In a small cemetery outside King Williams Town in the Eastern Cape you will find the humble grave of one of South Africa's best known anti-apartheid leaders from the 1960s and 1970s, Banto Stephen (Steve) Biko. Steve Biko was born on 18 December 1946 and founded the Black Consciousness Movement. On 18 August 1977 Biko was arrested at a police roadblock under the Terrorism Act No 83 of 1967 and interrogated by officers of the Port Elizabeth security police. His interrogation included torture and beatings resulting in a coma and major head injury. On 11 September, police loaded him in the back of a Land Rover, naked and restrained in manacles, and began the 1100 km drive to Pretoria to take him to a prison with hospital facilities. He died shortly after arrival at the Pretoria prison, on 12 September 1977.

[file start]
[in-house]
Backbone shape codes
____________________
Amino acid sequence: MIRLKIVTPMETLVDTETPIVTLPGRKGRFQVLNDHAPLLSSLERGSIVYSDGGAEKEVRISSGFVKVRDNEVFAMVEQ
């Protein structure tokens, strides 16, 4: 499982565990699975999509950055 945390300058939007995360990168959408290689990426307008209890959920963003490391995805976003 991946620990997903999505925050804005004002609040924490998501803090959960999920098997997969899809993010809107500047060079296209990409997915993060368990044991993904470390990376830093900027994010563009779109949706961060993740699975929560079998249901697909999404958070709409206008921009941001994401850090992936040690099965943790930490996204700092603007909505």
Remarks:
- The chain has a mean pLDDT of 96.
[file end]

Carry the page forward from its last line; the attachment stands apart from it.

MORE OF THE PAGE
We stopped at the cemetery during the Mini vs Maxi trip on our way from East London and one of my travel companions, Sisa, explained to us why there are a number of stones that were put by people on the grave. These stones were put there by visitors as a sign of respect to the person buried there, in this case Biko, honoring the deceased person’s memory and sending their soul on the the hereafter..
Yesterday was the anniversary of Biko's death which I only realised last night, so I decided to jump ahead on the posts about the Mini vs Maxi trip and do this post today. Over the years there have been many references to Biko in movies, plays and songs. There was even a Star Trek star ship called USS Biko. The following link will take you to one of those songs, Peter Gabriel's song called Biko.
The last picture was taken through the cemetery's gate looking in.